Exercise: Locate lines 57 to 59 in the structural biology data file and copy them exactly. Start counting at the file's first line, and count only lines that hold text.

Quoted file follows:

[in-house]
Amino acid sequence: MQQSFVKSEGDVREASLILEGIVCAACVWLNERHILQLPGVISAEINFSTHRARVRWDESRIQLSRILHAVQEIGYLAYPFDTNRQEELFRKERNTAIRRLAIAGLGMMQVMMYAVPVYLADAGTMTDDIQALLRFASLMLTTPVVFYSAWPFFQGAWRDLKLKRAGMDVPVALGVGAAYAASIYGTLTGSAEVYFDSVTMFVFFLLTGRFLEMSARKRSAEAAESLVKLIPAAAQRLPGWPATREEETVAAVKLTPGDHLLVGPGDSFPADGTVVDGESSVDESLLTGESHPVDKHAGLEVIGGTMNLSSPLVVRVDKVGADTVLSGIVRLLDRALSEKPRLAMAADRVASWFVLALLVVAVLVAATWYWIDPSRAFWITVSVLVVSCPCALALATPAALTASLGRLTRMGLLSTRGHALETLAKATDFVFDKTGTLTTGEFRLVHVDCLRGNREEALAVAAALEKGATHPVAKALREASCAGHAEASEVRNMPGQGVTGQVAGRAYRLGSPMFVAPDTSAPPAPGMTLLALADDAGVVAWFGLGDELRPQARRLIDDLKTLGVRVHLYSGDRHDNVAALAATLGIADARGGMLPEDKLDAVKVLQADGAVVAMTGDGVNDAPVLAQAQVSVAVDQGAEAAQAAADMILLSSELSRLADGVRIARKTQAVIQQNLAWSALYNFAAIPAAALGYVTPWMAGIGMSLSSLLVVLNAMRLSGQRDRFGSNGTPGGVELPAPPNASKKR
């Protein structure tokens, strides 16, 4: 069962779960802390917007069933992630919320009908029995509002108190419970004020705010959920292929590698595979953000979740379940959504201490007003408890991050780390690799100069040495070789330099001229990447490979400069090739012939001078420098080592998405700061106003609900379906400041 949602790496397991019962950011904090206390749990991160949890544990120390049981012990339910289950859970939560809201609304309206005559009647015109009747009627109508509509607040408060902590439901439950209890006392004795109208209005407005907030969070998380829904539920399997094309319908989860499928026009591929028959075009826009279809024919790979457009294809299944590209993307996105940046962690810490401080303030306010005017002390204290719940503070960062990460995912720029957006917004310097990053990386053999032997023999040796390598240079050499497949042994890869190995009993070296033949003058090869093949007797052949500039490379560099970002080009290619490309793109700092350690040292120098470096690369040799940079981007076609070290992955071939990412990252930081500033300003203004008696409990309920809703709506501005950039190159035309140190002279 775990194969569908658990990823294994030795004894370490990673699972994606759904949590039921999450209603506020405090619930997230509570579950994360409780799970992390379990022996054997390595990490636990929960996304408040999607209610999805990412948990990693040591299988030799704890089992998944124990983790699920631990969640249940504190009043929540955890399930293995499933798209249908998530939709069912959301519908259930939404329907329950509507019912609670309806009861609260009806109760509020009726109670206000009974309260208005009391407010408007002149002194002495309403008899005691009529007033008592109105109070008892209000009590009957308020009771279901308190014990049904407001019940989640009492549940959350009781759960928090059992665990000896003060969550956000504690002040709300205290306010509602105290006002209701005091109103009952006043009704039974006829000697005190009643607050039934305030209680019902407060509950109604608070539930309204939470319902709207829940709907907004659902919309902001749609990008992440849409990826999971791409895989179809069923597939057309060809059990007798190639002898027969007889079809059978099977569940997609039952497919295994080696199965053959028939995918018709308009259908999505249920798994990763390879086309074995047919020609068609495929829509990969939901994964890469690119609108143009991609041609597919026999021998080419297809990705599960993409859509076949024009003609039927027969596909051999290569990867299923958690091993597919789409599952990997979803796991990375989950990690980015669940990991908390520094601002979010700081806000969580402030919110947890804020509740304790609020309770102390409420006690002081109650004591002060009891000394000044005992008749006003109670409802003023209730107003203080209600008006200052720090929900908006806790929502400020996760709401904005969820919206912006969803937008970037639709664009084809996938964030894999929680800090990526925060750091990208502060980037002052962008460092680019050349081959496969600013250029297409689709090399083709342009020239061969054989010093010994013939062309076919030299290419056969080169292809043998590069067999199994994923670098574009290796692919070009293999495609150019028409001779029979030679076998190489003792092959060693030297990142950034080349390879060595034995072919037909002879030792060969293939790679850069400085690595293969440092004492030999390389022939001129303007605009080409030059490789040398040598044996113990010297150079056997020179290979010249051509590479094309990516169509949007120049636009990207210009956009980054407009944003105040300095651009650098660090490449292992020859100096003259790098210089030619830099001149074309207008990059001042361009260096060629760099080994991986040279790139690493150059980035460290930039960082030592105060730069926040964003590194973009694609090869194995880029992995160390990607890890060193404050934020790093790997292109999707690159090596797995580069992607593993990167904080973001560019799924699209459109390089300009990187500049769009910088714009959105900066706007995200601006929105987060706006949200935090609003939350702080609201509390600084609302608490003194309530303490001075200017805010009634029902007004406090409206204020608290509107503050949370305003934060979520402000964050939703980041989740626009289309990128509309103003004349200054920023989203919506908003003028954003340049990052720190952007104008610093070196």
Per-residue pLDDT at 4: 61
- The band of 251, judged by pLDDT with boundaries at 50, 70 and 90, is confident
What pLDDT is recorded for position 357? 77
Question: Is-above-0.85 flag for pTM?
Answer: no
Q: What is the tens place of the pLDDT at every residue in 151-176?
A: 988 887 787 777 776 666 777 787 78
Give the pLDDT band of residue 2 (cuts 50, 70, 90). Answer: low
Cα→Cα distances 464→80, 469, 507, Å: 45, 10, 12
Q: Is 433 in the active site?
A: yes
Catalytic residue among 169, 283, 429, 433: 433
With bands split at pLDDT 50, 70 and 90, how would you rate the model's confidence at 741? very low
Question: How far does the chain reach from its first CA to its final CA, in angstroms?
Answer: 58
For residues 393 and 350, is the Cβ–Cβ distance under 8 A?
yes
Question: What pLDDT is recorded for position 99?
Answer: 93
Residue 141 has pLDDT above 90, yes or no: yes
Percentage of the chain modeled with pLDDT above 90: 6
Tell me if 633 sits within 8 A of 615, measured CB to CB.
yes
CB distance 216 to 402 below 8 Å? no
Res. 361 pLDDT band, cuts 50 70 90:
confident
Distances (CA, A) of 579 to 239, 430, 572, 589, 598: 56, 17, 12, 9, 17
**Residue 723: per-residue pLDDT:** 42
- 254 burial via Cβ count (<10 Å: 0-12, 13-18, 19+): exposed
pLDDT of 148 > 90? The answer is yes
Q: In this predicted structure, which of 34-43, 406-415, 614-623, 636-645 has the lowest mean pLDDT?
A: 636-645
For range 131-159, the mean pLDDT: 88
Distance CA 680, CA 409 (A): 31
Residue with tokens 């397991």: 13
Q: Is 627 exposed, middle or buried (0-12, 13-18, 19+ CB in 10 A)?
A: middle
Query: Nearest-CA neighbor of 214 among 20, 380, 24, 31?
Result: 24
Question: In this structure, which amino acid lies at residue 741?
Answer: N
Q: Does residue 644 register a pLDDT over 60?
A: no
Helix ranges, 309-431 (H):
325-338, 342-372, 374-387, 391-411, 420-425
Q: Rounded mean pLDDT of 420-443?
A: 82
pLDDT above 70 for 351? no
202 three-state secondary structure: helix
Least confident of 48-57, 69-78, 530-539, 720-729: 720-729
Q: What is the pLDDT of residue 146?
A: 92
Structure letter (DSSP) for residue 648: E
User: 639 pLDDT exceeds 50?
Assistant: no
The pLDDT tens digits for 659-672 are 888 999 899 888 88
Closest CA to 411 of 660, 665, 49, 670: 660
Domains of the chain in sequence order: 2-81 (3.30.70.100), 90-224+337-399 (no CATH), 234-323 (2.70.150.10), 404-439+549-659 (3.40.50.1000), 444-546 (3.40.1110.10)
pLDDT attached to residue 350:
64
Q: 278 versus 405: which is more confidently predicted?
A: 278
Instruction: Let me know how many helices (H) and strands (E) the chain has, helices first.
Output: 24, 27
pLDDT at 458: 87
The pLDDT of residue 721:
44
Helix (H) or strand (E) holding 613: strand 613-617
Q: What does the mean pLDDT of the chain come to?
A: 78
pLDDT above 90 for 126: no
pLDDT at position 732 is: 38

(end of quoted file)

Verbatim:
User: 639 pLDDT exceeds 50?
Assistant: no
The pLDDT tens digits for 659-672 are 888 999 899 888 88